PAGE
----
Altrio’s new deal: That’s Intertainer

Aug 27, 2001  •  Post A Comment

Broadband services provider Altrio Communications has chosen Intertainer as its video-on-demand content supplier.
Altrio, which plans to offer digital cable television, high-speed Internet and telephone services to customers in Southern California over a fiber-optic network, took a major step on Aug. 13 toward its long-anticipated service launch when the city council in Pasadena, Calif., granted the company a key regulatory approval.
Once the company clears similar regulatory hurdles in nearby municipalities and finishes constructing its fiber network, Altrio plans to offer Intertainer’s video-on-demand service alongside its suite of digital offerings.
The Pasadena City Council voted unanimously to grant Altrio a franchise to construct and operate an open video system in the city, which is located in the San Gabriel Valley just northeast of downtown Los Angeles. The city granted the franchise for an initial period of 10 years, with a possible five-year extension taking effect if Altrio finishes building its infrastructure within the next five years.
The open video franchise, which was introduced as an alternative to traditional cable franchises under telecommunications reform legislation Congress passed in 1996, is designed to facilitate telephone companies’ entry into the television video markets, said Lori Sandoval, information technology planning and project manager for the city of Pasadena.
“Open video system operators have an obligation to make space available on their system if [another party] wants it,” Ms. Sandoval said, adding that Congress intended that open video system operators would receive rapid approval of their franchises in exchange for their acceptance of the franchise’s terms. “I think Altrio has gone this route to try to expedite the process,” she said, noting that most municipalities have not instituted a procedure for approving open video franchises.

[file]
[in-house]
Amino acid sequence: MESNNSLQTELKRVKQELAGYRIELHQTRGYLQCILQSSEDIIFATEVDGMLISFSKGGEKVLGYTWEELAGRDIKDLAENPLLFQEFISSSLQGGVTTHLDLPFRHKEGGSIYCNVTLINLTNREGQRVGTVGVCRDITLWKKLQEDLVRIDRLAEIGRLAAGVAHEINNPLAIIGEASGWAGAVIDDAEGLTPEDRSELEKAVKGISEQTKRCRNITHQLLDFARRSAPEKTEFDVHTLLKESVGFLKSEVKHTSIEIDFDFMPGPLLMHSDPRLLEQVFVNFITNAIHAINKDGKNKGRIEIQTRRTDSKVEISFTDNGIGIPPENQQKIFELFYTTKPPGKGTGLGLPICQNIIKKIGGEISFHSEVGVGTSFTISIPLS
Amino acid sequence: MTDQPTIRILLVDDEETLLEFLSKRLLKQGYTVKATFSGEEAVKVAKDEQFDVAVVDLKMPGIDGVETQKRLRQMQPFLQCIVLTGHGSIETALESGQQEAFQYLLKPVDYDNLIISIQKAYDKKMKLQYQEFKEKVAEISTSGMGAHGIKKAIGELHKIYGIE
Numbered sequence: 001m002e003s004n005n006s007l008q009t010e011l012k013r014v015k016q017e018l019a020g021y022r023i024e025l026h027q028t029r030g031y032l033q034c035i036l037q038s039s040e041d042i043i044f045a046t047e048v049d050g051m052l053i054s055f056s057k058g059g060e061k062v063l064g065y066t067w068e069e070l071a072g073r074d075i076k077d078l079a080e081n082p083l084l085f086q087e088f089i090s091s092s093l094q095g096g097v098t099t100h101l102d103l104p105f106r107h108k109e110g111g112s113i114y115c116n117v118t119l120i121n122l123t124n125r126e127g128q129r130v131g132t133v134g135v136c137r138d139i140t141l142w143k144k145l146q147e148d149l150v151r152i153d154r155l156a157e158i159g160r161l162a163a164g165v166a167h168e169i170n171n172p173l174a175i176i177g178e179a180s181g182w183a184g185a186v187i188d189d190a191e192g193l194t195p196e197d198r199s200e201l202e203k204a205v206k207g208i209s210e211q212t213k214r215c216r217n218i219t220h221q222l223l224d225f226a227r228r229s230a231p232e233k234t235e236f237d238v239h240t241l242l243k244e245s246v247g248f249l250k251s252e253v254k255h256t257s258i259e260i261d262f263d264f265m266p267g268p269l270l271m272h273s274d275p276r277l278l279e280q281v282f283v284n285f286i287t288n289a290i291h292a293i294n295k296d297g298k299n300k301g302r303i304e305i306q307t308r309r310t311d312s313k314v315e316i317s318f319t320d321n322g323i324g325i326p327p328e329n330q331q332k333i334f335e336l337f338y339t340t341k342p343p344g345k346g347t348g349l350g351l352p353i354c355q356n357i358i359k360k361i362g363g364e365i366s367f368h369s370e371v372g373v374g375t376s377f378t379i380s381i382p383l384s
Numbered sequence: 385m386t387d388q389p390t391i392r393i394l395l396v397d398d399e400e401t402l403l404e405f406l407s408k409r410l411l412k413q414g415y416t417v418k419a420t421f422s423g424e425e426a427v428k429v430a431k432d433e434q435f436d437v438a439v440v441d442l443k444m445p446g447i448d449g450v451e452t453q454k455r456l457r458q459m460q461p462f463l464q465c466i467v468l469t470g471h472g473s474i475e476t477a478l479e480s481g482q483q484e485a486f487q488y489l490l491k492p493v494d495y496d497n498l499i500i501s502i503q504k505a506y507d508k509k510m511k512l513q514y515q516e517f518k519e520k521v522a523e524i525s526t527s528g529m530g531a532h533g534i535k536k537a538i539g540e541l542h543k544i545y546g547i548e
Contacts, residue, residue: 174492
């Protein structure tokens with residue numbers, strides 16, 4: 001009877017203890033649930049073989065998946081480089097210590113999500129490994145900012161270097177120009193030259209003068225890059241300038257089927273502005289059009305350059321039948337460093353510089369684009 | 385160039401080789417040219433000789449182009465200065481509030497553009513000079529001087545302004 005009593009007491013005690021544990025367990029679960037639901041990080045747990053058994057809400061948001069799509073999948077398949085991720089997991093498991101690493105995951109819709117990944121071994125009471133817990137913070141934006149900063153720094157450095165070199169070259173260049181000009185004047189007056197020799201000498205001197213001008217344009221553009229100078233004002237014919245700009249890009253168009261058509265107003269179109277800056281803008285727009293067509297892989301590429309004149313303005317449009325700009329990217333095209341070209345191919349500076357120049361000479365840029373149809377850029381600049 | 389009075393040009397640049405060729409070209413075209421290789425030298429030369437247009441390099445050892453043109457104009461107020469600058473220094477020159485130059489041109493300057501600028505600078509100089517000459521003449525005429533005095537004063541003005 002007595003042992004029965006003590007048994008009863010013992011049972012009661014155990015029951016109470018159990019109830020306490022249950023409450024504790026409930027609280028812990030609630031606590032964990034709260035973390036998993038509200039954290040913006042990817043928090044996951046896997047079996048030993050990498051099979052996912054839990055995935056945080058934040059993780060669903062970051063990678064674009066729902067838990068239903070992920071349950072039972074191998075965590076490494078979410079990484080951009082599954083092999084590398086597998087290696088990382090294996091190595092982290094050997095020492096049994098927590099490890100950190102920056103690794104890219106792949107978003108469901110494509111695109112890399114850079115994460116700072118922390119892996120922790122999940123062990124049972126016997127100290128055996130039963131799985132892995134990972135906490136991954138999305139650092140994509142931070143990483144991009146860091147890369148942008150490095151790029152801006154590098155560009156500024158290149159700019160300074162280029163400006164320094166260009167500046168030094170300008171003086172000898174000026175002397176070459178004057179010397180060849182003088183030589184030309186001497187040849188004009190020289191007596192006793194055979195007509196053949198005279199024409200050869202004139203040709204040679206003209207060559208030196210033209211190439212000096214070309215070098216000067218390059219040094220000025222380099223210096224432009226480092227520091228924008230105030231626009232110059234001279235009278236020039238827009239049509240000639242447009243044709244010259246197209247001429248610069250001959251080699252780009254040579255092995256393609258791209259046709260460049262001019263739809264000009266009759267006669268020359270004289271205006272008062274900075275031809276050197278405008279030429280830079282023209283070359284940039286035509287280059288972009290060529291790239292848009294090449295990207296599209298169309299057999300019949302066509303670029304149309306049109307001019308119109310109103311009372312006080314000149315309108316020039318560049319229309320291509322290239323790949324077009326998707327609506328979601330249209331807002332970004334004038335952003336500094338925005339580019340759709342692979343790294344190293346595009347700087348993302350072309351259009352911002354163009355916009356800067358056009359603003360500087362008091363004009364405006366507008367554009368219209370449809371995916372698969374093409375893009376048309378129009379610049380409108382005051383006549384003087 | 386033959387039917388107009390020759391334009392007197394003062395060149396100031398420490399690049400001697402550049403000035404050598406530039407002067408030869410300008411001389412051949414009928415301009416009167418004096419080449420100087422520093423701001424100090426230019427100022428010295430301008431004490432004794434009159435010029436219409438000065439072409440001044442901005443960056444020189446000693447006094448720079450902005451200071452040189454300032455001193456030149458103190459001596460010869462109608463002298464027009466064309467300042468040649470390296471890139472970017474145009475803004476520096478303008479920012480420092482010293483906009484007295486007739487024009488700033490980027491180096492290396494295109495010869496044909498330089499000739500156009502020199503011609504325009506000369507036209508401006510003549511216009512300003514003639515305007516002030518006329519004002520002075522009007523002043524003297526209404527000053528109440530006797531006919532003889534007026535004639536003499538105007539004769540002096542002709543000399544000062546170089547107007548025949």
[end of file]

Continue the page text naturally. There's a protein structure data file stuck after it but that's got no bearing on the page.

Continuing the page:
During the Aug. 13 approval hearing in Pasadena, multiple system operator Charter Communications submitted several comments expressing opposition to Altrio’s franchise application, Ms. Sandoval said. Charter currently serves customers in Pasadena and will compete with Altrio when the broadband provider commences service in the city.
Altrio is also said to have submitted a similar franchise application to the city of Monrovia, Calif., which lies to the east of Pasadena in the San Gabriel Valley. In addition, the broadband provider has filed applications with Los Angeles and the cities of Burbank and Glendale, which are in the San Fernando Valley north of downtown Los Angeles. Altrio is said to be engaged in active negotiations with all those municipalities.
However, Altrio Chief Technology Officer David Large declined to comment on those pending applications. “Any of our franchising activity is not for public consumption,” Mr. Large said.
Altrio leaped into the broadband video market aggressively last year, winning $125 million in equity financing last October. In July 2000, the company was awarded regulatory franchise approval by the city of Arcadia, which is located just east of Pasadena. And the Federal Communications Commission granted Altrio permission last November to operate open video systems in Los Angeles, Orange and Ventura counties.
Although Altrio is rumored to be considering whether to include voice-over-Internet-protocol (telephone services delivered over broadband pipes without the assistance of costly telephone switch hardware) in its service package, Mr. Large declined to confirm whether the company has any plans to test or deploy voice-over-IP.
Mr. Large also said that even though the company has tentatively selected a digital cable set-top box vendor, Altrio is “very open to what [set-top] we end up using.”